A Principal Lawyer at Maurice Blackburn Lawyers, Theodora Ahilas has spent the past 22 years representing asbestos victims – assisting to create better futures for her often-terminally ill clients. Helping families to achieve compensation is no small task, but Ahilas says it is an honour even though some days she feels like she is “going into the trenches”.
“Part of the excitement of this job is that nearly every day is different. Things are unpredictable and ever changing.”
"Part of the excitement of this job is that nearly every day is different. Things are unpredictable and ever changing."
The best part of her role, she says, is meeting her clients, sharing their journey and helping their families. The most challenging aspect is finishing cases in the lifetime of her clients, due to the unpredictable nature of the disease and the lack of a cure. However, Ahilas sees firsthand on almost a daily basis how resilient the human spirit is.
“If you’ve watched a man or woman take their last breath giving a bedside testimony to receive an outcome for their family and to know that their family will be looked after financially, then you are forever humbled.”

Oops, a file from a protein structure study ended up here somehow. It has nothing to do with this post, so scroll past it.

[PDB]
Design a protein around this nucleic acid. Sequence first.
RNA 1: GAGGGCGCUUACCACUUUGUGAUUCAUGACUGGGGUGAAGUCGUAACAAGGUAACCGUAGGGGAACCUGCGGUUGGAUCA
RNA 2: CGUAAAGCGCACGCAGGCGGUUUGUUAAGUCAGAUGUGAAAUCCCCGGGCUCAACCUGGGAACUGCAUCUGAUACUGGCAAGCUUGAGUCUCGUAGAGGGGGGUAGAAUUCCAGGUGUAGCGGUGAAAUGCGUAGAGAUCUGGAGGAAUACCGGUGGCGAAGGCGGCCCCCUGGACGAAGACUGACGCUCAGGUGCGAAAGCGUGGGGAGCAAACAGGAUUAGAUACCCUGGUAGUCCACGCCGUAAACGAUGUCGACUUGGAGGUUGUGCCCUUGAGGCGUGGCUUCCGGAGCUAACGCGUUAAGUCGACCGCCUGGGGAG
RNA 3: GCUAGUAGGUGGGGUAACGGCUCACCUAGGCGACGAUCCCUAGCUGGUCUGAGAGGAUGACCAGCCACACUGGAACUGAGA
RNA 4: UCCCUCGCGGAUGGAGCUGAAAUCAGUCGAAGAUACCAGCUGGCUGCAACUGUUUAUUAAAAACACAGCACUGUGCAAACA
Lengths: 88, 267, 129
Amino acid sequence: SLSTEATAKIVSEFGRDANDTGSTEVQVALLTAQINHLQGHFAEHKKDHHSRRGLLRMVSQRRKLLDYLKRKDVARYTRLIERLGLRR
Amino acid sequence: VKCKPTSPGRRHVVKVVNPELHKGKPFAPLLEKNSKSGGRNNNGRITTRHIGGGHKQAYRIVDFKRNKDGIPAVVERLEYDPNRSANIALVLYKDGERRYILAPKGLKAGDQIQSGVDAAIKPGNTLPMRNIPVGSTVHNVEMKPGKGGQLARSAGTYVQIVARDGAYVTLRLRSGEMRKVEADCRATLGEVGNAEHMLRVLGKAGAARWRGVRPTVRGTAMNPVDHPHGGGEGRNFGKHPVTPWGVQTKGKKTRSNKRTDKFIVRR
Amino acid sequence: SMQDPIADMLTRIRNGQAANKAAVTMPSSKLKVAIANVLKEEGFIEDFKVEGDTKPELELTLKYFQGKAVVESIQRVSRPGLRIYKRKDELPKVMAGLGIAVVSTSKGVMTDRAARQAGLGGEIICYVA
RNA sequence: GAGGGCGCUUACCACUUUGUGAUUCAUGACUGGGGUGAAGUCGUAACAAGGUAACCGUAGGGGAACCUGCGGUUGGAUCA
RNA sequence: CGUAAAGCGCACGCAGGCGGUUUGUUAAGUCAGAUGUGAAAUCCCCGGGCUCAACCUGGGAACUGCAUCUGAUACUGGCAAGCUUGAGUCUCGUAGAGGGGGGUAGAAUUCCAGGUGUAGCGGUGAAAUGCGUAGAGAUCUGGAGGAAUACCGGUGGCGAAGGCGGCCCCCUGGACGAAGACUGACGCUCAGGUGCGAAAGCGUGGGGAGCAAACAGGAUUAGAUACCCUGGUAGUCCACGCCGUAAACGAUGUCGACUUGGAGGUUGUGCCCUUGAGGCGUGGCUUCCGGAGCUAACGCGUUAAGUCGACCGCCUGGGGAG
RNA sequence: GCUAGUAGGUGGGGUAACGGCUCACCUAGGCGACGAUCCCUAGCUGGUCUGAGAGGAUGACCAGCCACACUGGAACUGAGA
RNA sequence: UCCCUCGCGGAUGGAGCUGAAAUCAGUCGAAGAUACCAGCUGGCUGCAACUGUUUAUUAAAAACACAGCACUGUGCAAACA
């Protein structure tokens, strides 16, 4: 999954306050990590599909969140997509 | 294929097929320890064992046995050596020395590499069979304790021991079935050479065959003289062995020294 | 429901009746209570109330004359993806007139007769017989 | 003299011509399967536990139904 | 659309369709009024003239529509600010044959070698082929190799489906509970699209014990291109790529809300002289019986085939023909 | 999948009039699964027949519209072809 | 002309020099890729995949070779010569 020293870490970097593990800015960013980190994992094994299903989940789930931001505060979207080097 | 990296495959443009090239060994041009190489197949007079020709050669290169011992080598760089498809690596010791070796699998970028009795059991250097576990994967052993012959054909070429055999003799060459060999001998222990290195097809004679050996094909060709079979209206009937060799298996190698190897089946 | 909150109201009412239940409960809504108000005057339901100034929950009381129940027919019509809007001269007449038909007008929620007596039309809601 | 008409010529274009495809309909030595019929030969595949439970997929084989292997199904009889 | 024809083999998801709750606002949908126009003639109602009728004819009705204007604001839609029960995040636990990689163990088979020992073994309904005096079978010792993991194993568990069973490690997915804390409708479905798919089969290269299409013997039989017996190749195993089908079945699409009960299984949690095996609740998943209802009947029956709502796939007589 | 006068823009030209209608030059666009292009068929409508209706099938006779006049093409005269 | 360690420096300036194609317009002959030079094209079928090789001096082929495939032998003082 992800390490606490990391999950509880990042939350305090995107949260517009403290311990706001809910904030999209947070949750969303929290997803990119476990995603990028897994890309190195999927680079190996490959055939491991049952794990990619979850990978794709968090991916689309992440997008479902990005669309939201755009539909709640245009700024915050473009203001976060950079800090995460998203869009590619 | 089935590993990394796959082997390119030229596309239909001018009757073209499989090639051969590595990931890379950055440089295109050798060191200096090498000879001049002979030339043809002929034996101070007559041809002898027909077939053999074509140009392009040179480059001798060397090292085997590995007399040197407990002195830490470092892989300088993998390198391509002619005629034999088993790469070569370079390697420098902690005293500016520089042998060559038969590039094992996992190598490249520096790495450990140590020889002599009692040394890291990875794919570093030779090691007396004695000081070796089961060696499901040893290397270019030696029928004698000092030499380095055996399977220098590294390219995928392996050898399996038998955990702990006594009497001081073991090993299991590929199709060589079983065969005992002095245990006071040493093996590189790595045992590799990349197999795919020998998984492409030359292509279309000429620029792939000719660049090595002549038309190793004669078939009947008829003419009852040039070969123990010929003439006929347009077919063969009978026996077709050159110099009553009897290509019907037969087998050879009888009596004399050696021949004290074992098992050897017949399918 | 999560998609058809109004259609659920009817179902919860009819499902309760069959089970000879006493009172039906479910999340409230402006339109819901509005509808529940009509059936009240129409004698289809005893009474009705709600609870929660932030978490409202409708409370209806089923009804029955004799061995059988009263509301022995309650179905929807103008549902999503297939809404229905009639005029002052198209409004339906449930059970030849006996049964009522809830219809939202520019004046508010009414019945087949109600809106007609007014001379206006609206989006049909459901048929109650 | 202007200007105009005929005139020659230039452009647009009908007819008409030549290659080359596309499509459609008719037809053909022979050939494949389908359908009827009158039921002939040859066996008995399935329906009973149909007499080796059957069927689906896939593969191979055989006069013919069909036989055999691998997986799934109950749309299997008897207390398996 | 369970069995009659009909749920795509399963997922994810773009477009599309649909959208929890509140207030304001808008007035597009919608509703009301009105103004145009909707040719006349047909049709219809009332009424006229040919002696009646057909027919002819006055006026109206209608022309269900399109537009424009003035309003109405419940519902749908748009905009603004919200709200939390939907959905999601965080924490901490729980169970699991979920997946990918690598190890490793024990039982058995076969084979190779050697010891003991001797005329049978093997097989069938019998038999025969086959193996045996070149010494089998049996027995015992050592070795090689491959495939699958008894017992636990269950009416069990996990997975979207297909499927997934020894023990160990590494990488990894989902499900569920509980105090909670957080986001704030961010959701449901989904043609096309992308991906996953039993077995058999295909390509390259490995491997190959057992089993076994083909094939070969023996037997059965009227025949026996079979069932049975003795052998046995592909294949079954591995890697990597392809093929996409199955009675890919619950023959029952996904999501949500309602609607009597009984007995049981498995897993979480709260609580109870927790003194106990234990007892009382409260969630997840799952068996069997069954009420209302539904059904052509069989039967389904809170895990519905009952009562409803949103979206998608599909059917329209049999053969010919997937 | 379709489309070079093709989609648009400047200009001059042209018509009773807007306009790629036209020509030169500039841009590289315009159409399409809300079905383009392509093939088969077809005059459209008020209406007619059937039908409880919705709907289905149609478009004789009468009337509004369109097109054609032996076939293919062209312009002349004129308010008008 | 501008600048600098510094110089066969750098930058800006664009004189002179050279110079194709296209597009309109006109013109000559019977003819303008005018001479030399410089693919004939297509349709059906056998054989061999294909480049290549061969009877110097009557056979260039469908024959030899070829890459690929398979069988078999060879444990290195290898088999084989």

Ahilas graduated with a Law degree from UTS in 1991. “I had a wonderful experience as a student of law at UTS. I loved the UTS degree, the course, everything.”
It has been a stellar year on the awards front for Ahilas, having won the 2012 Law and Justice Foundation’s Justice Medal for her compassion and commitment to obtaining justice for asbestos victims and their families.
“As a career highlight it was the absolute ultimate accolade. I still don’t believe it.” In 2013, Ahilas took out the UTS Alumni Award for Excellence, Faculty of Law. “I think why me?” she says humbly. No doubt the hundreds of asbestos sufferers and their families who Ahilas has helped throughout her career would understand why.
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